Jeanne: I eventually got accustomed to cars and semis going by. Most of the time we were on small backroads, so it wasn’t a big deal. We did everything possible to be seen. We had flashing rear and front lights, wore brightly colored clothes, had bright helmets, and wore slow-moving signs on the back of our shirts. If there was something I could do to be seen, I did it.
My biggest fear was actually dogs chasing me. We had four in the whole country, and none were scary. A three-legged German Shepard might have done damage if he had had four legs.
Above: Tom, Jennifer, and Jeanne in Bar Harbor, Maine, photo by Mike Simpson
Tell us about the moment you made it all the way to the east coast.
Jeanne: On the last day the traffic was awful in Bar Harbor, Maine. There was lots of traffic and potholes and it was one of the most miserable days of the trip. By the time we got to the ocean, I was so grateful. It was exciting to get to the ocean and I was very, very happy and gratified that we had been able to do it. I was also kind of sad because we enjoyed the ride so much.
Mike: The entire bike ride was 4,567-miles. From a psychological point of view, Jeanne compartmentalized that long trip by saying, “We’re just going to go on a bike ride today”. Being able to make it one bit at a time to me made the trip that much more enjoyable.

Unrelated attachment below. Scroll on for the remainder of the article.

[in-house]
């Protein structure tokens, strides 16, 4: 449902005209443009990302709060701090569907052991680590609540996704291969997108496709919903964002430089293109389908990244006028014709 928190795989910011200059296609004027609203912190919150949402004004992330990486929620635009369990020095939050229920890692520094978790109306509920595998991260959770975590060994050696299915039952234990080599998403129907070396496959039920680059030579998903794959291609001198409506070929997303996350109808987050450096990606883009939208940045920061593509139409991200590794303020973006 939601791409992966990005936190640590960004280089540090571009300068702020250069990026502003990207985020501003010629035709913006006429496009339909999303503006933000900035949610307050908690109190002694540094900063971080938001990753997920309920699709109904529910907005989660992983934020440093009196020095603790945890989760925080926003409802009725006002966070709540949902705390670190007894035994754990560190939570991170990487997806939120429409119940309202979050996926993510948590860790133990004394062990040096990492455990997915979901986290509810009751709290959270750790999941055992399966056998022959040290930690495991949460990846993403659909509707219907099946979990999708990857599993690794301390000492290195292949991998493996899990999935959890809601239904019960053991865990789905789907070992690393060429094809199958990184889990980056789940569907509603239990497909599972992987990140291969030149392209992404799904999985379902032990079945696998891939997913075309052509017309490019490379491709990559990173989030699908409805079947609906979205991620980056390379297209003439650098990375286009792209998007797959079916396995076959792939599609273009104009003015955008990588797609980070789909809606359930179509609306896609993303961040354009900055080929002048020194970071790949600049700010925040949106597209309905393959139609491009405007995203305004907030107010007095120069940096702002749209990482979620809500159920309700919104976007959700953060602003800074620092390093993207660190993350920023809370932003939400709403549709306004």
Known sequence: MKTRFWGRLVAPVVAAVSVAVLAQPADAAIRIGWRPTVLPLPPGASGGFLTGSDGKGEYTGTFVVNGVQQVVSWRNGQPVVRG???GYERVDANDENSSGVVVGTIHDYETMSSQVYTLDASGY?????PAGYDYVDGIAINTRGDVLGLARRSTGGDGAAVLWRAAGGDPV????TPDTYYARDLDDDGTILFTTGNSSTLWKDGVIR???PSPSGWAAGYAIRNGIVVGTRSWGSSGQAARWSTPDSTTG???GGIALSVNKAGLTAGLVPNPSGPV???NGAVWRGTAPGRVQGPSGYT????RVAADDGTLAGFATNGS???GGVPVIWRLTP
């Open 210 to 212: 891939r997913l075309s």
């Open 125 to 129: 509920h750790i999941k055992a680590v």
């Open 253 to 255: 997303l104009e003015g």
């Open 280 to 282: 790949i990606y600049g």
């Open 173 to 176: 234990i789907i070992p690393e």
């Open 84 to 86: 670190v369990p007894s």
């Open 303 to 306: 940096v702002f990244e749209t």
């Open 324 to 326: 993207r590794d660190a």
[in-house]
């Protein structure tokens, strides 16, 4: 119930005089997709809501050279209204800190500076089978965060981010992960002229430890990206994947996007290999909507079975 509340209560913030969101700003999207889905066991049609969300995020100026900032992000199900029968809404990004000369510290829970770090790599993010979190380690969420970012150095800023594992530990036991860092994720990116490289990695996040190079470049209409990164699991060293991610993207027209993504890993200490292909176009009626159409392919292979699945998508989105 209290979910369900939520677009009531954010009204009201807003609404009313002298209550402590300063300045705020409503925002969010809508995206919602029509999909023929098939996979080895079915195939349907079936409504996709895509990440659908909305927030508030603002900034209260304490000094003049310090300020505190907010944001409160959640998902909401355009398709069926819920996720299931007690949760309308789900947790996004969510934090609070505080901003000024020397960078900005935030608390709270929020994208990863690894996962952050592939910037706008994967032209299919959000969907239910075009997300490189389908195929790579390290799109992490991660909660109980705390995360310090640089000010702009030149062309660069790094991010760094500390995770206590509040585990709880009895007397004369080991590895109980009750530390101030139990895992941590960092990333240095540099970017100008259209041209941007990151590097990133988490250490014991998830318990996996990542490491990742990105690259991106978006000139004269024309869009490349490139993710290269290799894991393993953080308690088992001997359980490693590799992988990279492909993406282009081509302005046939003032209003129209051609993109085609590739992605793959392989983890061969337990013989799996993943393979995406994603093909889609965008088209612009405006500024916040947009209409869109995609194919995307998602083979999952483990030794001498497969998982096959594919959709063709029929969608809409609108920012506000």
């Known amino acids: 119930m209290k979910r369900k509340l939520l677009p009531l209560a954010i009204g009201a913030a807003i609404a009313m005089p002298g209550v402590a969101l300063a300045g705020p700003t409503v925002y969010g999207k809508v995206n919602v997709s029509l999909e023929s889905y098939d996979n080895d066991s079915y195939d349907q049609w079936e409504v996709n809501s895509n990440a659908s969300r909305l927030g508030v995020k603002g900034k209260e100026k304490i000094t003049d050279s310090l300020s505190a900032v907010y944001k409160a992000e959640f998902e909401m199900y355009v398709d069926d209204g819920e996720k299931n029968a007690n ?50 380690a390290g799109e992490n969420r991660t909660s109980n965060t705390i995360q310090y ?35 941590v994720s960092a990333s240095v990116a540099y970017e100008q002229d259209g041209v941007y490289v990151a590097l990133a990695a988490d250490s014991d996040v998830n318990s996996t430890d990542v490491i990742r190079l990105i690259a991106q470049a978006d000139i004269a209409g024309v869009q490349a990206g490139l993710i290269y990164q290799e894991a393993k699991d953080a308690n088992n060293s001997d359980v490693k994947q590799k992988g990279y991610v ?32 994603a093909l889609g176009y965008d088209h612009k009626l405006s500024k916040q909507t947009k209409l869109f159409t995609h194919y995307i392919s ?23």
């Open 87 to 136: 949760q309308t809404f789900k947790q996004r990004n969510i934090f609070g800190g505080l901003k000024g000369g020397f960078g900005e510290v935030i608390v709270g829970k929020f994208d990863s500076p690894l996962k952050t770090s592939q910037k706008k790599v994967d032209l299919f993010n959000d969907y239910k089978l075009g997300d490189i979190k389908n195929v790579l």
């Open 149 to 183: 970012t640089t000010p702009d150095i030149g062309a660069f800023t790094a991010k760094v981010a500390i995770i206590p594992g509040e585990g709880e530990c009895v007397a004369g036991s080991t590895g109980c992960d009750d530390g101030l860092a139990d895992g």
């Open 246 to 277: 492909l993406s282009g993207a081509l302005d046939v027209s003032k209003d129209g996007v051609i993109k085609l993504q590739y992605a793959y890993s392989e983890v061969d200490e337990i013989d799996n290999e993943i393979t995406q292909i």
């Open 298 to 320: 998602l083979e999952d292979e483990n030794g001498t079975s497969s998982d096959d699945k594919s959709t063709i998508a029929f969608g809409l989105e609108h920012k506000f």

We weren’t trying to blaze the trail. We could enjoy the route whether in rain, sleet or detours. We took it all in. There were many times we would pull off and marvel at some of the places we could see.
How long did it take you to bike across the country?
Jeanne: We started in Astoria, Oregon on May 1st and made it to Bar Harbor, Maine on September 8th. It took a little more than four months. You would think going that slow that we would have seen it all. It just made me realize how much more there is out there. It lit a fire for me to go back and see the things we missed.
Above: Mike and their Phoenix Camper in Big Bend National Park
Are you planning future long-distance rides?
Jeanne: Even after that trip, I still like riding my bike. Our recent trip to Big Bend was with a group of twelve riders. That was part of the Adventure Cycling Association. It was a ten-day ride through Big Bend. While I was biking in Big Bend, Mike explored the backcountry. Then we went to a music festival in Austin on the way home.